Crack detection technology
2018-04-07: From CIUS Annual Report 2017.
Halfwave and InPhase Solutions
The companies Halfwave and InPhase Solutions, both industry partners in the Centre for Innovative Ultrasound Solutions (CIUS), have a long-standing relationship. First collaboration dates back to more than five years ago, where InPhase Solutions contributed to relevant research and development tasks to improve Halfwave's successful Acoustic Resonance Technology (ART) as pipeline inspection technology. Since consultants from InPhase Solutions have specific competence in the fields of ultrasound and signal processing, they can temporary support related technology development in times where more resources are needed.
The solution to pipe wall crack?
Currently, InPhase is involved in Halfwave's pursue to develop a Crack Detection technology for in-line inspection of gas pipes, based on Halfwave's ART scan tool. This intriguing project was initiated based on observations of propagating acoustic modes that were detected with ART hardware and that can be dependent on defects in the gas pipe wall. One of the more relevant defects is stress corrosion cracking (SCC), which poses a serious risk to pipeline integrity. Cracks in the pipe wall can change the signature of propagating acoustic waves. These acoustic signal changes can be detected and subsequently be used to potentially size and locate the cracks. However, due to the small size of typical stress corrosion cracks, they appear to be very difficult to detect with existing in-line inspection technologies.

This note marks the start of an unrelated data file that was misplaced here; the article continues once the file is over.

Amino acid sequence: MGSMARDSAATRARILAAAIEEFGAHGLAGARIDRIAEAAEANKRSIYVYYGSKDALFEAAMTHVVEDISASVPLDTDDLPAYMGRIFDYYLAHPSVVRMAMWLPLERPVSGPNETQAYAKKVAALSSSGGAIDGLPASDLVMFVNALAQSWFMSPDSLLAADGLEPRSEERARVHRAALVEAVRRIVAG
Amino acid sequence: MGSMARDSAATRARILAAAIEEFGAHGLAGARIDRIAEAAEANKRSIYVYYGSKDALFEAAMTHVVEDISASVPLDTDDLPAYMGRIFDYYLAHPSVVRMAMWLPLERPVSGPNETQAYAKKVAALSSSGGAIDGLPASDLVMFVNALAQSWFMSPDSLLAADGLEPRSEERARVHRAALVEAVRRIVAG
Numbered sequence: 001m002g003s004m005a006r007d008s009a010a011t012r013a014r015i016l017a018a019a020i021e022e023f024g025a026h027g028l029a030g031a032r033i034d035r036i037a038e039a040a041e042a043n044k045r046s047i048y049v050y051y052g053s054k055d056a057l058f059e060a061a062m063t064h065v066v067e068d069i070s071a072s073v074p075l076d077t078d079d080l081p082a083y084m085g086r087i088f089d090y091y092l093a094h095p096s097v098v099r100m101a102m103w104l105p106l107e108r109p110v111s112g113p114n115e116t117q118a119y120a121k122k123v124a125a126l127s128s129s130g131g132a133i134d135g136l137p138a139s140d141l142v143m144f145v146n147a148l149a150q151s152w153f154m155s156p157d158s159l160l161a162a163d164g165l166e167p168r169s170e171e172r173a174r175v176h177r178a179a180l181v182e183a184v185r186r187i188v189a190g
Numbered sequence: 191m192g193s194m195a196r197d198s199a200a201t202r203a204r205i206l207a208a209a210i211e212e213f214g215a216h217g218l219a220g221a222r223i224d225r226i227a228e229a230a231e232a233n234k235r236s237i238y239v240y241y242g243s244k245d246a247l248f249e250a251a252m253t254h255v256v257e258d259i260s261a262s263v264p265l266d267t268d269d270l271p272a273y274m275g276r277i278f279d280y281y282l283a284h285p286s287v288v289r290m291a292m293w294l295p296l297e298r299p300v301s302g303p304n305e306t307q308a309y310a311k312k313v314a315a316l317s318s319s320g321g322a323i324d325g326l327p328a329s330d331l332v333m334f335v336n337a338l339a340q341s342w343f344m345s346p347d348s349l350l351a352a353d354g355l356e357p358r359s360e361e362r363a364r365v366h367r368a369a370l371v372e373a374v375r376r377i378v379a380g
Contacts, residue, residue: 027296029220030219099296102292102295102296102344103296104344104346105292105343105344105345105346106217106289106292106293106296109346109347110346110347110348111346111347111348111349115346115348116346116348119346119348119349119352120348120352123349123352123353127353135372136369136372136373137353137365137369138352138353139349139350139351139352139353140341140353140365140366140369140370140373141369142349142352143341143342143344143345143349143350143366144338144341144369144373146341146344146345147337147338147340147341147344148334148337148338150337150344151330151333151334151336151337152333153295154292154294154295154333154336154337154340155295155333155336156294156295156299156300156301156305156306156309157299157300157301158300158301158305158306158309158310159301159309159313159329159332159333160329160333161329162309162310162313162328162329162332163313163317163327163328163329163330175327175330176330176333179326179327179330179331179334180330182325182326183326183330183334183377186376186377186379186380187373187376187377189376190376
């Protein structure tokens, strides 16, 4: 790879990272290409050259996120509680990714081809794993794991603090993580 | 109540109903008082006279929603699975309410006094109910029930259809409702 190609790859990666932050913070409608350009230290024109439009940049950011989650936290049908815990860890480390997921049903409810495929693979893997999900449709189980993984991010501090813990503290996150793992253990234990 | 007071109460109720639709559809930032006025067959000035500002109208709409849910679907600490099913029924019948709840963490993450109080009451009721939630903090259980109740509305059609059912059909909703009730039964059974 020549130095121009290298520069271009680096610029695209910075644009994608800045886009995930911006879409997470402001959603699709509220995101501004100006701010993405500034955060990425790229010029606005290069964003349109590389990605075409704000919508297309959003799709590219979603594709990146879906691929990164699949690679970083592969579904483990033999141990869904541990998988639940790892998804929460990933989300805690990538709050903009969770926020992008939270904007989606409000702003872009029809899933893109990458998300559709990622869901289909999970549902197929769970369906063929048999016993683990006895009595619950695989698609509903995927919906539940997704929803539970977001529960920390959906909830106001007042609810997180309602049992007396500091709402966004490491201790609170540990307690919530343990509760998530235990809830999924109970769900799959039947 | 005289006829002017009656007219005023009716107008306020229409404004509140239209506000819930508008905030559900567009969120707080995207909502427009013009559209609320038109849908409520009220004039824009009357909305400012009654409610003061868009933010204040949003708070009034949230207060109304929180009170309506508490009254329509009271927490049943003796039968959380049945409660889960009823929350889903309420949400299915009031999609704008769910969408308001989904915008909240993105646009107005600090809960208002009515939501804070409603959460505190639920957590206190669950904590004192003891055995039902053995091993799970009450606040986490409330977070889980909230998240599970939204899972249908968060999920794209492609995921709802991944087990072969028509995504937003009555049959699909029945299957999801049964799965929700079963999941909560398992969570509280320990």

Results from the first development phases in the past two years at Halfwave, have all been successful. In controlled experiments in water, both artificially machined notches in steel plates, and real cracks in real pipe samples, could be clearly discriminated with undamaged areas. Dedicated signal processing results even showed ways to discriminate cracks from other defect types. These very promising results, led to the current development phase, where water is replaced by pressurized gas as the propagation medium; like in a real gas pipeline. The complicated test set-up contains of many transducers with programmable transmit and receive channels, that can record on all transducers simultaneously. Initial processed results show many different aspects of the acoustic waves, and are extremely promising in the pursue to detect SCC based on Halfwave's ART tool.
Continued research in CIUS
HalfWave will continue research on the crack detection challenge within CIUS, and plan to start a PhD project in 2018. Dr. Petter Norli, R&D Director of HalfWave states: "We are looking forward to continuing this exciting project in CIUS with more in-depth research in the years to come, and we are currently building a strong team within CIUS on understanding the basis of ultrasound propagation in steel layers among all the oil & gas partners."
The picture illustrates a high-pressure test set-up consisting of a test scanner head with many transducers inside a pipe sample with real cracks. The test scanner head can mechanically translate and rotate to make circumferential scans of part of the pipe sample. The set-up is placed inside a pressure vessel at NUI (Bergen) that allows pressures up to 65 bar.